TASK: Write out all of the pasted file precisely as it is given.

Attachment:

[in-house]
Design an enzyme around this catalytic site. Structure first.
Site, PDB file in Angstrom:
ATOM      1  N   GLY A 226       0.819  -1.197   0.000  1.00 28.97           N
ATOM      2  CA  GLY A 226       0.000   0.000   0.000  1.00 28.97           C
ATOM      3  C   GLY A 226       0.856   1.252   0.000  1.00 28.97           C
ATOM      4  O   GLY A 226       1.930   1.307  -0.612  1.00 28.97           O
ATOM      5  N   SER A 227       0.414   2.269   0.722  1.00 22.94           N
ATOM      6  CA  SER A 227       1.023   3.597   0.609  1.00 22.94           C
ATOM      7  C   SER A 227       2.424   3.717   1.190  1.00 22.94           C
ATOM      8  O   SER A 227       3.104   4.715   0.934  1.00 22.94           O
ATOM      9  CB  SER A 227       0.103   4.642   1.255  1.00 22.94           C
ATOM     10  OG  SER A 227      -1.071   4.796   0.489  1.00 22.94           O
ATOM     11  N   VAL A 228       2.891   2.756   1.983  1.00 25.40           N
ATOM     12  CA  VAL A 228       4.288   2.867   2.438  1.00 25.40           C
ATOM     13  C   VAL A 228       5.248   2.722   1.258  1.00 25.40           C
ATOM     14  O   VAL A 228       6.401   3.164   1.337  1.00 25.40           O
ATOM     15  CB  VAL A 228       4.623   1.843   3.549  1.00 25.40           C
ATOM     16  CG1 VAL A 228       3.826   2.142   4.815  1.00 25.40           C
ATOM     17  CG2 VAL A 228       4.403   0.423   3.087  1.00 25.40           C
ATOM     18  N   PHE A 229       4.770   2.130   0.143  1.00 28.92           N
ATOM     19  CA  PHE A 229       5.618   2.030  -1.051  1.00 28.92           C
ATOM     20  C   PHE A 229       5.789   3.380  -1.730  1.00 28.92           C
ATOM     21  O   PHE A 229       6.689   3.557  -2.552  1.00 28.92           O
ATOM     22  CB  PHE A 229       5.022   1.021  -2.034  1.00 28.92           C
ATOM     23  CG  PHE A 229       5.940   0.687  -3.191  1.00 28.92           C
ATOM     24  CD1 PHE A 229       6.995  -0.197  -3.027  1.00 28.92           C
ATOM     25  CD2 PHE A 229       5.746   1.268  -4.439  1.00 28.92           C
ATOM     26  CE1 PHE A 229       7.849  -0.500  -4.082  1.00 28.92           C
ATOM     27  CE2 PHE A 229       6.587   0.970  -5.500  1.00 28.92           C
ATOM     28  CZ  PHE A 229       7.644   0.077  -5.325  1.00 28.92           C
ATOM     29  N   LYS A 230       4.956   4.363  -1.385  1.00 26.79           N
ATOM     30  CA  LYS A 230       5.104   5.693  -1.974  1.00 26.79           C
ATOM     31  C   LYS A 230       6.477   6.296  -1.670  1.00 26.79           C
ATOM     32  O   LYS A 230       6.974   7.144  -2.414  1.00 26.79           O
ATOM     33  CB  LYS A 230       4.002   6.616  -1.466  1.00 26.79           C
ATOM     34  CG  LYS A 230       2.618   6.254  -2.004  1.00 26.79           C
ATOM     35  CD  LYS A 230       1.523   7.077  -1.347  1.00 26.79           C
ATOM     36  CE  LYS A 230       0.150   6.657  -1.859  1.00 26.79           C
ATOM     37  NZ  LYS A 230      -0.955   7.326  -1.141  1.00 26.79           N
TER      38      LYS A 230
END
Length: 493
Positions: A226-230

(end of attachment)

[in-house]
Design an enzyme around this catalytic site. Structure first.
Site, PDB file in Angstrom:
ATOM      1  N   GLY A 226       0.819  -1.197   0.000  1.00 28.97           N
ATOM      2  CA  GLY A 226       0.000   0.000   0.000  1.00 28.97           C
ATOM      3  C   GLY A 226       0.856   1.252   0.000  1.00 28.97           C
ATOM      4  O   GLY A 226       1.930   1.307  -0.612  1.00 28.97           O
ATOM      5  N   SER A 227       0.414   2.269   0.722  1.00 22.94           N
ATOM      6  CA  SER A 227       1.023   3.597   0.609  1.00 22.94           C
ATOM      7  C   SER A 227       2.424   3.717   1.190  1.00 22.94           C
ATOM      8  O   SER A 227       3.104   4.715   0.934  1.00 22.94           O
ATOM      9  CB  SER A 227       0.103   4.642   1.255  1.00 22.94           C
ATOM     10  OG  SER A 227      -1.071   4.796   0.489  1.00 22.94           O
ATOM     11  N   VAL A 228       2.891   2.756   1.983  1.00 25.40           N
ATOM     12  CA  VAL A 228       4.288   2.867   2.438  1.00 25.40           C
ATOM     13  C   VAL A 228       5.248   2.722   1.258  1.00 25.40           C
ATOM     14  O   VAL A 228       6.401   3.164   1.337  1.00 25.40           O
ATOM     15  CB  VAL A 228       4.623   1.843   3.549  1.00 25.40           C
ATOM     16  CG1 VAL A 228       3.826   2.142   4.815  1.00 25.40           C
ATOM     17  CG2 VAL A 228       4.403   0.423   3.087  1.00 25.40           C
ATOM     18  N   PHE A 229       4.770   2.130   0.143  1.00 28.92           N
ATOM     19  CA  PHE A 229       5.618   2.030  -1.051  1.00 28.92           C
ATOM     20  C   PHE A 229       5.789   3.380  -1.730  1.00 28.92           C
ATOM     21  O   PHE A 229       6.689   3.557  -2.552  1.00 28.92           O
ATOM     22  CB  PHE A 229       5.022   1.021  -2.034  1.00 28.92           C
ATOM     23  CG  PHE A 229       5.940   0.687  -3.191  1.00 28.92           C
ATOM     24  CD1 PHE A 229       6.995  -0.197  -3.027  1.00 28.92           C
ATOM     25  CD2 PHE A 229       5.746   1.268  -4.439  1.00 28.92           C
ATOM     26  CE1 PHE A 229       7.849  -0.500  -4.082  1.00 28.92           C
ATOM     27  CE2 PHE A 229       6.587   0.970  -5.500  1.00 28.92           C
ATOM     28  CZ  PHE A 229       7.644   0.077  -5.325  1.00 28.92           C
ATOM     29  N   LYS A 230       4.956   4.363  -1.385  1.00 26.79           N
ATOM     30  CA  LYS A 230       5.104   5.693  -1.974  1.00 26.79           C
ATOM     31  C   LYS A 230       6.477   6.296  -1.670  1.00 26.79           C
ATOM     32  O   LYS A 230       6.974   7.144  -2.414  1.00 26.79           O
ATOM     33  CB  LYS A 230       4.002   6.616  -1.466  1.00 26.79           C
ATOM     34  CG  LYS A 230       2.618   6.254  -2.004  1.00 26.79           C
ATOM     35  CD  LYS A 230       1.523   7.077  -1.347  1.00 26.79           C
ATOM     36  CE  LYS A 230       0.150   6.657  -1.859  1.00 26.79           C
ATOM     37  NZ  LYS A 230      -0.955   7.326  -1.141  1.00 26.79           N
TER      38      LYS A 230
END
Length: 493
Positions: A226-230